A Knowledge Management (KM) Primer

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Posted: February 10, 2016 | By: Dr. Mark Addleson

It can be difficult to navigate your way around the field of knowledge management (KM). Whether you are just starting out and thinking about putting ideas about KM into practice, or you work in a organization that has had a KM initiative in place for years, at times it may be hard to see what KM is about, what people are doing, and why and how they are doing it. For, although the field has been evolving for at least twenty years, there is a very broad spectrum of ideas about what KM is (the theory and principles), how to do it (the practices) and what not to do (Fahey and Prusak, 1998; Snowden, 2007).

One sign of trouble in this field is that there are many definitions of KM. 1 Another is that, while lots of organizations claim to be ‘doing KM,’ their strategies often have little in common. A third is that KM can be very technical, so KM initiatives become complicated, often unnecessarily so. In this primer, I want to answer three questions.

  • Why KM?
  • What is KM about?
  • How do organizations undertake KM initiatives?

If you are involved in KM, I hope my perspectives will help orient you and I would be pleased to receive your questions, comments, or suggestions.

In the beginning there was management without knowledge

Management practices, as we know them today, began in factories, machine shops, and foundries towards the end of the Nineteenth Century, when mass-production methods became more prevalent (see Crainer, 2000; Witzel, 2012). The generally recognized starting point for contemporary management practices is ‘scientific management,’ indelibly linked to the name of Fredrick Taylor (1911), the inventor of time and motion studies and founder of the management consulting industry. By ‘eliminating waste,’ his object was to improve the productivity of manual workers and cut costs to make industrial organizations more efficient and more profitable.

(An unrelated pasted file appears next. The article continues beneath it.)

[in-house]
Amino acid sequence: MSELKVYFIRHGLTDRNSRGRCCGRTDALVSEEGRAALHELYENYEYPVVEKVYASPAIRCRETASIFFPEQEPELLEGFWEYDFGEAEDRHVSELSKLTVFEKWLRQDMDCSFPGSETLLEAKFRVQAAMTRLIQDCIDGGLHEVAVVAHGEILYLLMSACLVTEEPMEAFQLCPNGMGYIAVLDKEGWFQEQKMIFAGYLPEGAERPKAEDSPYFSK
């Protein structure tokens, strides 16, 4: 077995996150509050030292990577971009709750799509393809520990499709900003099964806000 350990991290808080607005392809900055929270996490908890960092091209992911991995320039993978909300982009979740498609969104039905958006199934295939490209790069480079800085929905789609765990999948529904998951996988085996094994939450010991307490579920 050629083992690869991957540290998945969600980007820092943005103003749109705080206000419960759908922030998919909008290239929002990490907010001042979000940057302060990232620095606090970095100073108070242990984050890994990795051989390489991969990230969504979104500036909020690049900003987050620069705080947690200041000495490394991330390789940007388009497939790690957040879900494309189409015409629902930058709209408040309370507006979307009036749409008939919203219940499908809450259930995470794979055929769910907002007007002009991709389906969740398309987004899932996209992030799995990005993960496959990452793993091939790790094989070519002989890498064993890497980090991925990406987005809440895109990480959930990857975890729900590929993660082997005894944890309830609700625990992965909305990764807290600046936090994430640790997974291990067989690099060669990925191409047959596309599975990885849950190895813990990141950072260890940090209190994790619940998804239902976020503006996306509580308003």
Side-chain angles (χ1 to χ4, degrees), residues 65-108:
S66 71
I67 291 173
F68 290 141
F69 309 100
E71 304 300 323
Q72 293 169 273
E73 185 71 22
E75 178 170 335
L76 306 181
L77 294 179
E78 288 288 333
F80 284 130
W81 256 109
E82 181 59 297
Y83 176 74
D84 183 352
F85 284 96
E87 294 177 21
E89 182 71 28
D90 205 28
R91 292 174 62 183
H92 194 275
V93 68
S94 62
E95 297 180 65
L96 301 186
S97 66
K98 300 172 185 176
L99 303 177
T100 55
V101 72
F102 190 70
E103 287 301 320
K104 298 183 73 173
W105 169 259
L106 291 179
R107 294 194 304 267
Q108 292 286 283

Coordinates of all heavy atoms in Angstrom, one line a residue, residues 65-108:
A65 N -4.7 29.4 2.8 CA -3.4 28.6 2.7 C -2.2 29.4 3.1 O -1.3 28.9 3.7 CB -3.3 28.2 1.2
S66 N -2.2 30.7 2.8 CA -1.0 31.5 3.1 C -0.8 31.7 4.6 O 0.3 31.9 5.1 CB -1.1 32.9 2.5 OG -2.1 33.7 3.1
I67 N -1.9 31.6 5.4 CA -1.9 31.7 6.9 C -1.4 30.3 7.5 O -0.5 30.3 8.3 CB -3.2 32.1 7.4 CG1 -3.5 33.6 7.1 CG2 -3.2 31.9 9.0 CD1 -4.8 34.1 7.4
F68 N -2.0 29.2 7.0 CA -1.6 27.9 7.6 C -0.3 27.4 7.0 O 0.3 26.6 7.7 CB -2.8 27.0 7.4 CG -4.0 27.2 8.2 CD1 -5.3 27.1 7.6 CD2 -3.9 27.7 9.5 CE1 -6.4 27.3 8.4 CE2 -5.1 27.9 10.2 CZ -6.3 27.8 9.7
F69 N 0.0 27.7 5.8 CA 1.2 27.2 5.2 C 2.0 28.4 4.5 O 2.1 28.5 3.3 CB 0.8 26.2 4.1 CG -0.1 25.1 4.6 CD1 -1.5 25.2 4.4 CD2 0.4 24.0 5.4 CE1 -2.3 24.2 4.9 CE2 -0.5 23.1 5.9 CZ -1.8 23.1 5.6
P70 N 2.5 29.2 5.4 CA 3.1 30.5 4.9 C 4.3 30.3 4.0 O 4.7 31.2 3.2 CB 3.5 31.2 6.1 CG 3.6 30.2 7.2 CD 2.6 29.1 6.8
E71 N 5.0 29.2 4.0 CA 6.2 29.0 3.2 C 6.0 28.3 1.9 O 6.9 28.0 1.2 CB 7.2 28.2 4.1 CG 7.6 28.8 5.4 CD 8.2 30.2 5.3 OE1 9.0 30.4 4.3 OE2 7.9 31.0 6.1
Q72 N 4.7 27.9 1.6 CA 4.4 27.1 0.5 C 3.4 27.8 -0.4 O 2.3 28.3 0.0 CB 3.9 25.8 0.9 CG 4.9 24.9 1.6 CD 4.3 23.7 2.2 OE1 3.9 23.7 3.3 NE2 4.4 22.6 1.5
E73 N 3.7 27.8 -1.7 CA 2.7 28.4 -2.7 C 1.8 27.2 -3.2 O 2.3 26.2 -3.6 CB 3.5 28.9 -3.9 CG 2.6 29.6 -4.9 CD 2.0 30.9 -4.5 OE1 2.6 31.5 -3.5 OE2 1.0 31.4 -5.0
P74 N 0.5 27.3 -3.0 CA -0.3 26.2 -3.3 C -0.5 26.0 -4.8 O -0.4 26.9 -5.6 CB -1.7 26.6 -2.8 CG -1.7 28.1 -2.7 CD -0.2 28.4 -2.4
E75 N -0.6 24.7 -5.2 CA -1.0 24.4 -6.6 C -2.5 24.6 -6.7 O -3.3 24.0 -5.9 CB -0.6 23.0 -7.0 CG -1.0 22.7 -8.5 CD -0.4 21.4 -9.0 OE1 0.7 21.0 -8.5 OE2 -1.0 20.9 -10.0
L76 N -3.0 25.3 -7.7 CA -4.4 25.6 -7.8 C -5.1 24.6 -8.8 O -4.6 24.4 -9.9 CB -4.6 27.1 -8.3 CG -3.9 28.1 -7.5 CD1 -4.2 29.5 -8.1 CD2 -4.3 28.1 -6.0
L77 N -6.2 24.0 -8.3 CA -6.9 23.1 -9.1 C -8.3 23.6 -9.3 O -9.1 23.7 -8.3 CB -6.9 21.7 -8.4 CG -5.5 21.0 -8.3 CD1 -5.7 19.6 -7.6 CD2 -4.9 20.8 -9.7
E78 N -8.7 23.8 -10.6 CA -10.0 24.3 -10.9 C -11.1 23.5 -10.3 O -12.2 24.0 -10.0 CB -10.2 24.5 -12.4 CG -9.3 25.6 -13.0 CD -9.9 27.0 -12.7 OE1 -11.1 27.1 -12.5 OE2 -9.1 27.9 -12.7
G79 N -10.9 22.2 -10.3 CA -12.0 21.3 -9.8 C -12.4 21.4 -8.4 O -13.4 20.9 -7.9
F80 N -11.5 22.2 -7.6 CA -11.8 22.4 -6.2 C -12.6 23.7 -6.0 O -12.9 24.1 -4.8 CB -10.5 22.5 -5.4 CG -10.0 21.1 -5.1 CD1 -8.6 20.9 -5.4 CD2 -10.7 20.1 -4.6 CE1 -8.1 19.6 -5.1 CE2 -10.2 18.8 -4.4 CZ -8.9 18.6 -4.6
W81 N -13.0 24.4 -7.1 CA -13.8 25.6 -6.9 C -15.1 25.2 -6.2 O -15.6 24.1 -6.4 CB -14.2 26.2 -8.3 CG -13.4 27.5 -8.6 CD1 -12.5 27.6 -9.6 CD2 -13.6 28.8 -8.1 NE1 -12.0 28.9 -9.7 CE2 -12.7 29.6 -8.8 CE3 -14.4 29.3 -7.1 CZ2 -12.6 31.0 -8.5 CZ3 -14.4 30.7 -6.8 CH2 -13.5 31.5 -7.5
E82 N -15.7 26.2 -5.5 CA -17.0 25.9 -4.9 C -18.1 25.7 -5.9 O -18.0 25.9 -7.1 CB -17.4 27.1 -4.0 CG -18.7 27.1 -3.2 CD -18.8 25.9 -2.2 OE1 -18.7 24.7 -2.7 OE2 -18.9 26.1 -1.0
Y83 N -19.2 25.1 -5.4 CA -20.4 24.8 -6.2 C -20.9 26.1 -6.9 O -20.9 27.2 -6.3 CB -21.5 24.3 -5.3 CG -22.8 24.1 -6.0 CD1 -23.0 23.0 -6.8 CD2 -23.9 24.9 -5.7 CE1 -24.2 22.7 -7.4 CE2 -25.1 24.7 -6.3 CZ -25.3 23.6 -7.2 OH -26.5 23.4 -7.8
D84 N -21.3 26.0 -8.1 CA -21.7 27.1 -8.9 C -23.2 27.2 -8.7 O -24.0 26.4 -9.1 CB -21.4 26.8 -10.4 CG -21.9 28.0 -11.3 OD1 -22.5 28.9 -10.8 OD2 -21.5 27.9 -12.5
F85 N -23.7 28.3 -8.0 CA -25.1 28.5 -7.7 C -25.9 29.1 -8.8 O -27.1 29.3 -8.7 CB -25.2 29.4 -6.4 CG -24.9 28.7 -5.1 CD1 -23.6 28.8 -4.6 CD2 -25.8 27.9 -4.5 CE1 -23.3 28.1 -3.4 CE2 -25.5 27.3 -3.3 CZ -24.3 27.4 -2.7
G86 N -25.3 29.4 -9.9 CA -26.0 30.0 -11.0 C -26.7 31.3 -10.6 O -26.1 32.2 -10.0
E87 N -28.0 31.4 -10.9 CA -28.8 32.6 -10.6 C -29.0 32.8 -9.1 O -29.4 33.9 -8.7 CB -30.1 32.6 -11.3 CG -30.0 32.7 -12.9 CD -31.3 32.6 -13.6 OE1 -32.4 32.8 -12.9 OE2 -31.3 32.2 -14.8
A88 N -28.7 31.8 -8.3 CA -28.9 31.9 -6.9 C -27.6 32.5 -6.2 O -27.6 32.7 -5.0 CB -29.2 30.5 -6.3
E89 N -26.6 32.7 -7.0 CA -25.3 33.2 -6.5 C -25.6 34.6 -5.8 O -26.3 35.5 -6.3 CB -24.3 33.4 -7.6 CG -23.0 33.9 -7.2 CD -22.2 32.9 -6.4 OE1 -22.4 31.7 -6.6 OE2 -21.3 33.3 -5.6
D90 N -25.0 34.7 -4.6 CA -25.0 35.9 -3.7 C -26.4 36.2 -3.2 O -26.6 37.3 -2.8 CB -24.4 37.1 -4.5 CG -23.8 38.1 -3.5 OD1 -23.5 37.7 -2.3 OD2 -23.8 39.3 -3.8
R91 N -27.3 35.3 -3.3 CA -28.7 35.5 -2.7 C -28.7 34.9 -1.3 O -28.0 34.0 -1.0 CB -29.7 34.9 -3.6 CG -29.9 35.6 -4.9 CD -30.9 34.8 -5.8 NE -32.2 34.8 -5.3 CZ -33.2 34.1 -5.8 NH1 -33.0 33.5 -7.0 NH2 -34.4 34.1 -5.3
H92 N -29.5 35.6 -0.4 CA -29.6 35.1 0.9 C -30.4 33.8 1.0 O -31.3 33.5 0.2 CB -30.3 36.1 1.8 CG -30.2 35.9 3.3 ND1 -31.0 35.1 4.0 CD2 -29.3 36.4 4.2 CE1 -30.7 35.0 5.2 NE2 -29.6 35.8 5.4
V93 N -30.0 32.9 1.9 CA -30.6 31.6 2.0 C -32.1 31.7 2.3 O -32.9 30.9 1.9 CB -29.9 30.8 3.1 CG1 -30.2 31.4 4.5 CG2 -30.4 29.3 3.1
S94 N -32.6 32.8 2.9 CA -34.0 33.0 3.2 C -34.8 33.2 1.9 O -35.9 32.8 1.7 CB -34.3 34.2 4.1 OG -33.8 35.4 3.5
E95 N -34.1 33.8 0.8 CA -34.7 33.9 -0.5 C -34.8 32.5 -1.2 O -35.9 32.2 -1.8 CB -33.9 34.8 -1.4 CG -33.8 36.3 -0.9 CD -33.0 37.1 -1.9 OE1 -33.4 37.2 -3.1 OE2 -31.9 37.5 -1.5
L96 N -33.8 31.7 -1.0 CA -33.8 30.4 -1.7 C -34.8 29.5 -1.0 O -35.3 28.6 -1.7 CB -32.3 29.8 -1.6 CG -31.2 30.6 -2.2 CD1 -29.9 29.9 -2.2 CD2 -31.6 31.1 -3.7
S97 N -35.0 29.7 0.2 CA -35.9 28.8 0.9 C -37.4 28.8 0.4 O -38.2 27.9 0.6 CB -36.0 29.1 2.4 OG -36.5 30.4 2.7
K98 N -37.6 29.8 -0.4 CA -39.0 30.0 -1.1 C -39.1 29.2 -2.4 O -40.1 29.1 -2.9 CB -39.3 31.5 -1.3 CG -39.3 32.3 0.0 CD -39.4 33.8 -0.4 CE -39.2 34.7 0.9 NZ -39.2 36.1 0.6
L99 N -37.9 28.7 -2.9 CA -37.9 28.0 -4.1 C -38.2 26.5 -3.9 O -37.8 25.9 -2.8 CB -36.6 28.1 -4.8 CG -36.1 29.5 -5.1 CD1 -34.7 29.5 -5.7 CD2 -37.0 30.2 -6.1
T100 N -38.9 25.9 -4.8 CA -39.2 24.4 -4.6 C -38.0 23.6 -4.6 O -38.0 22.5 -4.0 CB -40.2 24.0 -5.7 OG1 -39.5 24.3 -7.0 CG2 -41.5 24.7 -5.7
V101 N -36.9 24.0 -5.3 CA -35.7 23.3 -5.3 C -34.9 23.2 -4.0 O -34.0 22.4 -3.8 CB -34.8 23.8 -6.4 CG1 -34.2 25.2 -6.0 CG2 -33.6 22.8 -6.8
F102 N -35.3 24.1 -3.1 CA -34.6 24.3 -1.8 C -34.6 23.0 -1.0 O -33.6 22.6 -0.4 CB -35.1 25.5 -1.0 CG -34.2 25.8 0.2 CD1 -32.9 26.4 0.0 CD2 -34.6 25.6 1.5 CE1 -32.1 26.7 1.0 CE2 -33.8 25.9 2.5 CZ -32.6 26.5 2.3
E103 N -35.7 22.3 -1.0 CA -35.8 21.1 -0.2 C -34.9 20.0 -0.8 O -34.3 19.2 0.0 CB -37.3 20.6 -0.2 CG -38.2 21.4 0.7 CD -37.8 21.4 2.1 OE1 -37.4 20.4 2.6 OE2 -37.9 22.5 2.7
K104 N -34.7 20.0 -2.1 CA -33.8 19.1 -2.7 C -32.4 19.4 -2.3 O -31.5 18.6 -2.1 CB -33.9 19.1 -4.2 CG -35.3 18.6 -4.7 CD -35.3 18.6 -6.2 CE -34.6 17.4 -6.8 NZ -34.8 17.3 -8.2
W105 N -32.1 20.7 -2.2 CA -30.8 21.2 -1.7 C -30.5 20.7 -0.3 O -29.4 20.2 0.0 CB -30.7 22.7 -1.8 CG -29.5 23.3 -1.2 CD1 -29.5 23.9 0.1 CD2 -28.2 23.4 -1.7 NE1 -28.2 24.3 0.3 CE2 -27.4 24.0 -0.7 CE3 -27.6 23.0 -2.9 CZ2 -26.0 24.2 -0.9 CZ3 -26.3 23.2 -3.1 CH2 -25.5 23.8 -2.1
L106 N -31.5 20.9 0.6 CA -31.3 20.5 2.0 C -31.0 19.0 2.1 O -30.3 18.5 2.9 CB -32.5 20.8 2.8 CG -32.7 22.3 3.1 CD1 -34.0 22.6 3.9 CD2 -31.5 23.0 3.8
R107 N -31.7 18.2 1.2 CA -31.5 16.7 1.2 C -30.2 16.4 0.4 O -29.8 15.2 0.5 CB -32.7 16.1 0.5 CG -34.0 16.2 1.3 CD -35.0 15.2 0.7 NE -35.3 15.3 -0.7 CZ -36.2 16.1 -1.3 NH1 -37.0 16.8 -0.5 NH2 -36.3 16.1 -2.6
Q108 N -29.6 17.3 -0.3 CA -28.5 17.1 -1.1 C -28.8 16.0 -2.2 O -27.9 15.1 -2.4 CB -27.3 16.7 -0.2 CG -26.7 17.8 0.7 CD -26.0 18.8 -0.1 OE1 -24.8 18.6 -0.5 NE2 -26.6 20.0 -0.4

Today, whether they work in government agencies or accounting firms and whether they are involved in aerospace engineering, health care legislation, or web design, most people are knowledge workers (Addleson, 2011). As Table 1, below, reveals, knowledge-work and factory-work are completely different. Because the different kinds of work have nothing in common, you can’t manage knowledge workers – or their work – as if they were assembly line workers. In most organizations, however, you find principles and practices that evolved in factories, similar to those advocated by Taylor. It is hardly surprising, perhaps, that these conventional management practices are obstacles to doing knowledge-work.

Factory-work Knowledge-work
Physical Mental
Solitary (think ‘production line’) Social (think ‘network’)
Routine and repetitive Complex and dynamic
Talk is a distraction Talk (‘sharing knowledge’) is necessary
Tools (like blueprints, machines, and breakeven charts) are essential. Tools are needed, but all work starts with and is guided by ‘talk’ – people in conversation.

TABLE 1: Comparing factory-work with knowledge-work